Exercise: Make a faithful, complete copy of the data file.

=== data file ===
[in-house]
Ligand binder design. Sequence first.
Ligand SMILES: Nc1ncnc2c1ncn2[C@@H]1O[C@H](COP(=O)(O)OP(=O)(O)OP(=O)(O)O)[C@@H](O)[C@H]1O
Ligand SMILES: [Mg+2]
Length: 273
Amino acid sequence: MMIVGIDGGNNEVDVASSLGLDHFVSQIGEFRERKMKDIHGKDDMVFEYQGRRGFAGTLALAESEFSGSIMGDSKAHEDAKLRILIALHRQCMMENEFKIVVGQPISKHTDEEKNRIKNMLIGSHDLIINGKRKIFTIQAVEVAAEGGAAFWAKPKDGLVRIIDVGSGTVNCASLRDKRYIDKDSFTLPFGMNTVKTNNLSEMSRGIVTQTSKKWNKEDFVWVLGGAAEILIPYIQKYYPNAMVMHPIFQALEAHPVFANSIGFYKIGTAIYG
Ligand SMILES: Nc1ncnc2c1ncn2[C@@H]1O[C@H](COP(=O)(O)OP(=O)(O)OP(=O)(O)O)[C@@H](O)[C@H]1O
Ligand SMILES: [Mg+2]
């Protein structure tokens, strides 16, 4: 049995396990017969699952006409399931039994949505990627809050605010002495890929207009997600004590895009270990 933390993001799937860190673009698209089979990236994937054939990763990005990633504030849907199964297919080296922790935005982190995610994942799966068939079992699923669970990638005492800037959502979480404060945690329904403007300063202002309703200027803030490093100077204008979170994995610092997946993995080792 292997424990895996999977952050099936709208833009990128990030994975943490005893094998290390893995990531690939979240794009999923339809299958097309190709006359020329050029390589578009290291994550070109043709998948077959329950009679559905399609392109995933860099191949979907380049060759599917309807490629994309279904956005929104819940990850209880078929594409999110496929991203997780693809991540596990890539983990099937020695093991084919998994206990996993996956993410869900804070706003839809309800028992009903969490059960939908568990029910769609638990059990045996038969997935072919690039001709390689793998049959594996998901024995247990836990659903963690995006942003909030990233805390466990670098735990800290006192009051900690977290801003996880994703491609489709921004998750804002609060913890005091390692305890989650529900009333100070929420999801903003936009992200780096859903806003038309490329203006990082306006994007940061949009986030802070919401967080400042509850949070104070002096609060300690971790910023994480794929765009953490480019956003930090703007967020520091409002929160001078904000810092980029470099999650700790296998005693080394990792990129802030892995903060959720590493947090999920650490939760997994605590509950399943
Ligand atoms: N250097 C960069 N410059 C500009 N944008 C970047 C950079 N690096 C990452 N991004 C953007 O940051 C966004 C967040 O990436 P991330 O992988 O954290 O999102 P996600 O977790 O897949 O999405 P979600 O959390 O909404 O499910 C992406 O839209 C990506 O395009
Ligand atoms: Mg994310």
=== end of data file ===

[in-house]
Ligand binder design. Sequence first.
Ligand SMILES: Nc1ncnc2c1ncn2[C@@H]1O[C@H](COP(=O)(O)OP(=O)(O)OP(=O)(O)O)[C@@H](O)[C@H]1O
Ligand SMILES: [Mg+2]
Length: 273
Amino acid sequence: MMIVGIDGGNNEVDVASSLGLDHFVSQIGEFRERKMKDIHGKDDMVFEYQGRRGFAGTLALAESEFSGSIMGDSKAHEDAKLRILIALHRQCMMENEFKIVVGQPISKHTDEEKNRIKNMLIGSHDLIINGKRKIFTIQAVEVAAEGGAAFWAKPKDGLVRIIDVGSGTVNCASLRDKRYIDKDSFTLPFGMNTVKTNNLSEMSRGIVTQTSKKWNKEDFVWVLGGAAEILIPYIQKYYPNAMVMHPIFQALEAHPVFANSIGFYKIGTAIYG
Ligand SMILES: Nc1ncnc2c1ncn2[C@@H]1O[C@H](COP(=O)(O)OP(=O)(O)OP(=O)(O)O)[C@@H](O)[C@H]1O
Ligand SMILES: [Mg+2]
């Protein structure tokens, strides 16, 4: 049995396990017969699952006409399931039994949505990627809050605010002495890929207009997600004590895009270990 933390993001799937860190673009698209089979990236994937054939990763990005990633504030849907199964297919080296922790935005982190995610994942799966068939079992699923669970990638005492800037959502979480404060945690329904403007300063202002309703200027803030490093100077204008979170994995610092997946993995080792 292997424990895996999977952050099936709208833009990128990030994975943490005893094998290390893995990531690939979240794009999923339809299958097309190709006359020329050029390589578009290291994550070109043709998948077959329950009679559905399609392109995933860099191949979907380049060759599917309807490629994309279904956005929104819940990850209880078929594409999110496929991203997780693809991540596990890539983990099937020695093991084919998994206990996993996956993410869900804070706003839809309800028992009903969490059960939908568990029910769609638990059990045996038969997935072919690039001709390689793998049959594996998901024995247990836990659903963690995006942003909030990233805390466990670098735990800290006192009051900690977290801003996880994703491609489709921004998750804002609060913890005091390692305890989650529900009333100070929420999801903003936009992200780096859903806003038309490329203006990082306006994007940061949009986030802070919401967080400042509850949070104070002096609060300690971790910023994480794929765009953490480019956003930090703007967020520091409002929160001078904000810092980029470099999650700790296998005693080394990792990129802030892995903060959720590493947090999920650490939760997994605590509950399943
Ligand atoms: N250097 C960069 N410059 C500009 N944008 C970047 C950079 N690096 C990452 N991004 C953007 O940051 C966004 C967040 O990436 P991330 O992988 O954290 O999102 P996600 O977790 O897949 O999405 P979600 O959390 O909404 O499910 C992406 O839209 C990506 O395009
Ligand atoms: Mg994310």